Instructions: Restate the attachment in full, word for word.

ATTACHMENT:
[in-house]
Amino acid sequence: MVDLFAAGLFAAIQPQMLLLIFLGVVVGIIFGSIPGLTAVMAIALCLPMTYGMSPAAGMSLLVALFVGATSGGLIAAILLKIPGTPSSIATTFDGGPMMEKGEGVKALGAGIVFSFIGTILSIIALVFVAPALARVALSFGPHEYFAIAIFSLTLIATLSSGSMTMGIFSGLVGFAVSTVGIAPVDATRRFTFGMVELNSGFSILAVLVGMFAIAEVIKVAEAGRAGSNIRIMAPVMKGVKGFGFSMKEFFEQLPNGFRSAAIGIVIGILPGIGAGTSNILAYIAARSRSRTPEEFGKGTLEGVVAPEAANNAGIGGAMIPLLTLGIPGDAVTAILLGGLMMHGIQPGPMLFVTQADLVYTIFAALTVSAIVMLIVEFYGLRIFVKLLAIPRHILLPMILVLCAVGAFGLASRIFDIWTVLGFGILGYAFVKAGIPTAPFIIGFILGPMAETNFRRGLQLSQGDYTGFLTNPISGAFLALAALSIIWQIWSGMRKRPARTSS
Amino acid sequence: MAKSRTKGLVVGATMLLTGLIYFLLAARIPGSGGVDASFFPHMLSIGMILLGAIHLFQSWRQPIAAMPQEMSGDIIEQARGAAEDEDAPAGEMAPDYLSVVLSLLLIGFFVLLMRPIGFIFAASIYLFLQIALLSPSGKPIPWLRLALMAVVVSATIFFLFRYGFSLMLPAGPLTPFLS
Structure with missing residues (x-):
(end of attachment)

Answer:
[in-house]
Amino acid sequence: MVDLFAAGLFAAIQPQMLLLIFLGVVVGIIFGSIPGLTAVMAIALCLPMTYGMSPAAGMSLLVALFVGATSGGLIAAILLKIPGTPSSIATTFDGGPMMEKGEGVKALGAGIVFSFIGTILSIIALVFVAPALARVALSFGPHEYFAIAIFSLTLIATLSSGSMTMGIFSGLVGFAVSTVGIAPVDATRRFTFGMVELNSGFSILAVLVGMFAIAEVIKVAEAGRAGSNIRIMAPVMKGVKGFGFSMKEFFEQLPNGFRSAAIGIVIGILPGIGAGTSNILAYIAARSRSRTPEEFGKGTLEGVVAPEAANNAGIGGAMIPLLTLGIPGDAVTAILLGGLMMHGIQPGPMLFVTQADLVYTIFAALTVSAIVMLIVEFYGLRIFVKLLAIPRHILLPMILVLCAVGAFGLASRIFDIWTVLGFGILGYAFVKAGIPTAPFIIGFILGPMAETNFRRGLQLSQGDYTGFLTNPISGAFLALAALSIIWQIWSGMRKRPARTSS
Amino acid sequence: MAKSRTKGLVVGATMLLTGLIYFLLAARIPGSGGVDASFFPHMLSIGMILLGAIHLFQSWRQPIAAMPQEMSGDIIEQARGAAEDEDAPAGEMAPDYLSVVLSLLLIGFFVLLMRPIGFIFAASIYLFLQIALLSPSGKPIPWLRLALMAVVVSATIFFLFRYGFSLMLPAGPLTPFLS
Structure with missing residues (x-):